Miller v. Cabral (1970)Annotate this Case
CALVIN LYNN MILLER, a Minor, etc., Plaintiff and Respondent, v. FRANK CABRAL et al., Defendants and Appellants
(Opinion by Stone, P. J., with Coakley, J., and Ginsburg, J., concurring.)
R. W. Levy for Defendants and Appellants.
Kane & Canelo for Plaintiff and Respondent.
STONE, P. J.
This appeal is from a judgment entered pursuant to a jury verdict in favor of plaintiff minor in the sum of $20,000. The jury also answered "no" to defendants' special interrogatory whether the minor was an employee at the time of the accident.
Seven-year-old Calvin Miller, the plaintiff, lived with his parents and three brothers and sisters on a dairy ranch owned by defendants at the time the accident occurred. His father, Robert Miller, had been employed by Frank Cabral the preceding April as a general farm laborer for a monthly salary, the rent-free use of a house on the ranch, and free milk for his family's use. On August 14, 1966, the father was driving a tractor, hauling a feed wagon parallel to a 250-foot-long feeding manger, spreading hay in the manger from an opening on the left side of the feeder. Calvin was walking in the manger approximately three feet from the ground, alongside the hay feeder, watching the operation. The feeder ceased ejecting hay, and Mr. Miller asked Calvin to look in the expulsion vent to see if it was empty. In attempting to do so, Calvin lost his balance, grabbed an unguarded sprocket and chain which was in motion on the feeder, and sustained serious injury to his left hand. [13 Cal. App. 3d 505]
Plaintiff, by his mother as guardian ad litem, filed an action for damages against the Cabrals. The complaint was framed in two causes of action, one alleging that Calvin was an invitee and that he was injured through the negligence of the Cabrals in maintaining an unguarded piece of equipment. The second cause of action alleged that Calvin was an employee of the Cabrals and that they failed to provide workmen's compensation insurance coverage. As it developed, the Cabrals were covered by two policies of insurance, a comprehensive liability policy with Cal-Farm Insurance Company and a workmen's compensation policy issued by State Compensation Insurance Fund. In the face of the workmen's compensation policy, plaintiff could not recover in a superior court action on the cause of action alleging employment and lack of insurance, and therefore dismissed that cause of action without prejudice. However, after the dismissal, the attorney furnished by Cal-Farm to defend the Cabrals under their comprehensive liability policy asked for and obtained an amendment to the pretrial order raising the issue whether Calvin was an employee of the Cabrals. Accordingly the issue of employment was litigated, as well as the negligence issue, and defendants submitted to the jury the following interrogatory: "At the time of the accident in question, was the plaintiff minor, Calvin Miller, an employee of the defendants, Frank Cabral and Marie Cabral?" The jury's answer was "No."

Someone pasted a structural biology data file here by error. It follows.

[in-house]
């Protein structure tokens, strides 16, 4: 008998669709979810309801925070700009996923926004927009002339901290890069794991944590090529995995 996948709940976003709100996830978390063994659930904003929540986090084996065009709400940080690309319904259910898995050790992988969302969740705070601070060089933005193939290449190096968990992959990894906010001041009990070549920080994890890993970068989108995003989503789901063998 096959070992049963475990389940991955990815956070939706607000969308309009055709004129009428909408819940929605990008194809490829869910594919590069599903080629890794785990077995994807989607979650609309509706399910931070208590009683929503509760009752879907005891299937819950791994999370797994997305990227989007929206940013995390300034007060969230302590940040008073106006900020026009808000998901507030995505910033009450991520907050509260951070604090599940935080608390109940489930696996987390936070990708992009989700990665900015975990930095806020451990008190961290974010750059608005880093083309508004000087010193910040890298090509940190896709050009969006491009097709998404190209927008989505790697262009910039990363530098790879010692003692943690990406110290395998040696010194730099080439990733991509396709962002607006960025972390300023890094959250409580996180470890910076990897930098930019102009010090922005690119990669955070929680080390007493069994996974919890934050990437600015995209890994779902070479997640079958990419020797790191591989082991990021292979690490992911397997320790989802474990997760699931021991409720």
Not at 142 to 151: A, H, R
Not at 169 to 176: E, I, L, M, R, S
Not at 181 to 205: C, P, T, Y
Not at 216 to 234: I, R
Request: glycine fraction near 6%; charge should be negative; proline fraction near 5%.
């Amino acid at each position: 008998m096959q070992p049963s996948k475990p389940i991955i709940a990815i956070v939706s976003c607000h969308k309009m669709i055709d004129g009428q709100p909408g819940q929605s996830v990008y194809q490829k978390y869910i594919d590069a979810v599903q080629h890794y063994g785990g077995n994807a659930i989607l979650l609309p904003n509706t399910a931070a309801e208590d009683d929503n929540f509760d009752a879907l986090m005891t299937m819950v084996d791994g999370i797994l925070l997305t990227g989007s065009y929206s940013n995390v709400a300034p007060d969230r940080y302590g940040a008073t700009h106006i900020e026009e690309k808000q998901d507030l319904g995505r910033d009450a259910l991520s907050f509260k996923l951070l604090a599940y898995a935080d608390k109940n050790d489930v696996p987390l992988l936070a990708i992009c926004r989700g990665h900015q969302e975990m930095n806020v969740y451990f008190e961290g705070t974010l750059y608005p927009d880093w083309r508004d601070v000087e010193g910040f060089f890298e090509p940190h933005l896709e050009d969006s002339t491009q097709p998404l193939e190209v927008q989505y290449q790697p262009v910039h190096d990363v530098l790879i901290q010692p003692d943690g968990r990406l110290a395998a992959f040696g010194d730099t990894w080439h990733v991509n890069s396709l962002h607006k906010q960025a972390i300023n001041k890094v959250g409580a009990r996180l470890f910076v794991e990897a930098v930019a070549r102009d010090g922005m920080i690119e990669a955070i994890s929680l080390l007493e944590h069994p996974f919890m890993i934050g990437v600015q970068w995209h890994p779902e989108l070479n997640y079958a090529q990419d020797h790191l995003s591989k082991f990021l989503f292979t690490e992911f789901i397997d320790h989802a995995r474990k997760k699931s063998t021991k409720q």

Defendants' position on appeal is basically that the evidence is insufficient to support the jury's finding on the special interrogatory that the minor was not an employee. They rely upon Labor Code section 3357, which provides: "Any person rendering service for another, other than as an independent contractor, or unless expressly excluded herein, is presumed to be an employee."
This section, argue defendants, created a presumption within the ambit of Evidence Code section 605 which shifted the burden of proof of nonemployment to plaintiff.
 Whether Labor Code section 3357 shifted the burden of proving nonemployment to plaintiff is immaterial in view of the record; the evidence supporting the jury's finding that the 7-year-old boy was not an employee is overwhelming. We do not detail the evidence, however, for the appeal must be dismissed as moot.